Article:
At least two other Medal of Honor recipients are buried in northwest Kansas, and there isn’t much known about either one.
Thomas McGraw is buried in the La Crosse City Cemetery, and Patrick James Leonard is buried in St. Joseph Cemetery in New Almelo.
Born in Ireland, McGraw was a sergeant in Company B, 23rd Illinois Infantry during the Civil War. He was awarded the Medal of Honor, recognized for bravery April 2, 1865, as “one of the three soldiers most conspicuous for gallantry in the final assault at Petersburg, Va.,” according to the Congressional Medal of Honor Society.
Also born in Ireland, Leonard was a sergeant in Company C of the 2nd U.S. Cavalry. He was honored for gallantry in action during the Indian wars May 17, 1870, at Little Blue, Neb.
Carl Brandt, a retired electrician in the La Crosse area who served in the military during the time of the Korean War, remembers when McGraw’s white-with-gold-trim headstone arrived in La Crosse.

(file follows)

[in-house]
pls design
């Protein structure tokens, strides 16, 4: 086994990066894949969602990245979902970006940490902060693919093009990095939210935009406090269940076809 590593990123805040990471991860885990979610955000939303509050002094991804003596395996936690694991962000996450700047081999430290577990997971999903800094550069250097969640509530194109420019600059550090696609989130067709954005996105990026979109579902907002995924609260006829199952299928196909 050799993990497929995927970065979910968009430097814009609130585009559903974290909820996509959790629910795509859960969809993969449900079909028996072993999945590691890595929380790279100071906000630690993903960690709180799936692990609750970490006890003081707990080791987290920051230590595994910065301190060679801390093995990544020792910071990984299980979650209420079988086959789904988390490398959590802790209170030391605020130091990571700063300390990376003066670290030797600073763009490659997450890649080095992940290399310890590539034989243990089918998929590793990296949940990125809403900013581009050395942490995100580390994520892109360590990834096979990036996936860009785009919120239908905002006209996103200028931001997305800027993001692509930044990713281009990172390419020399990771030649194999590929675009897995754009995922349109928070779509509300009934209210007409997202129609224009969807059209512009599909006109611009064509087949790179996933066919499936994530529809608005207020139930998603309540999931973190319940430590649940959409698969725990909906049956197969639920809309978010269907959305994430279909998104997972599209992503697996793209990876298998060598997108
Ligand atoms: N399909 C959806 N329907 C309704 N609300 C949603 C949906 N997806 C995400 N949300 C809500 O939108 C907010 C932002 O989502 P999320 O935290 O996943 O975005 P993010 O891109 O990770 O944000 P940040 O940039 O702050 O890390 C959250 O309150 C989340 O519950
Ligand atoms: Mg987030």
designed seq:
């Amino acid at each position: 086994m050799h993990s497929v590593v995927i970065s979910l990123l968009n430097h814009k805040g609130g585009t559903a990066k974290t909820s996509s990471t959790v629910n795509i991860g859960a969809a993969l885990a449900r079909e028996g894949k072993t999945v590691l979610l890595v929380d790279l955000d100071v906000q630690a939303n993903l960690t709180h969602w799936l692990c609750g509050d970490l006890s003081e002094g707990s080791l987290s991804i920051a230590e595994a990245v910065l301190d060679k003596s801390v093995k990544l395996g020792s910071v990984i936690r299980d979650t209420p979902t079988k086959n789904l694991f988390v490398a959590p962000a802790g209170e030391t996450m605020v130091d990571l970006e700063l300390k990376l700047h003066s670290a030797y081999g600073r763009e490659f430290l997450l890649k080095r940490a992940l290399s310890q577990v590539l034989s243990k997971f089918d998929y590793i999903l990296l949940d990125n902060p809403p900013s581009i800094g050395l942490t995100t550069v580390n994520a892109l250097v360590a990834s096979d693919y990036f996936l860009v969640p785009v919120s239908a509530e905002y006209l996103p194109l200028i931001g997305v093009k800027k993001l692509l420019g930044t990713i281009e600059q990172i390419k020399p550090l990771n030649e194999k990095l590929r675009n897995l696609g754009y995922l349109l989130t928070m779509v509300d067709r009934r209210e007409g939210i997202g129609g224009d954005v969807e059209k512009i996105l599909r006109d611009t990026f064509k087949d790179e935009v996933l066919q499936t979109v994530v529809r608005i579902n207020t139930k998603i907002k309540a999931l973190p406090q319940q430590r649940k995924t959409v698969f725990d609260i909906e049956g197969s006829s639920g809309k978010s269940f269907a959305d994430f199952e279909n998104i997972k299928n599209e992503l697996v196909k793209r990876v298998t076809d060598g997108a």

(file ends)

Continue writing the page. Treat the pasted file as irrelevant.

Brandt said he heard McGraw was 14 or 16 at the time, “carrying the colors.”
“He got way out in front of the firing line,” he said, and the commander had to call him back. “He was just a kid carrying the colors during the Civil War. There’s not too much known about him.”
Brandt said the white headstone arrived in La Crosse in 1975.
“When it came in, nobody knew it was coming,” he said.
Two headstones already were in place for McGraw.
Brandt, as an active member of the American Legion, often helped set headstones for veterans, but McGraw’s was set by city crews.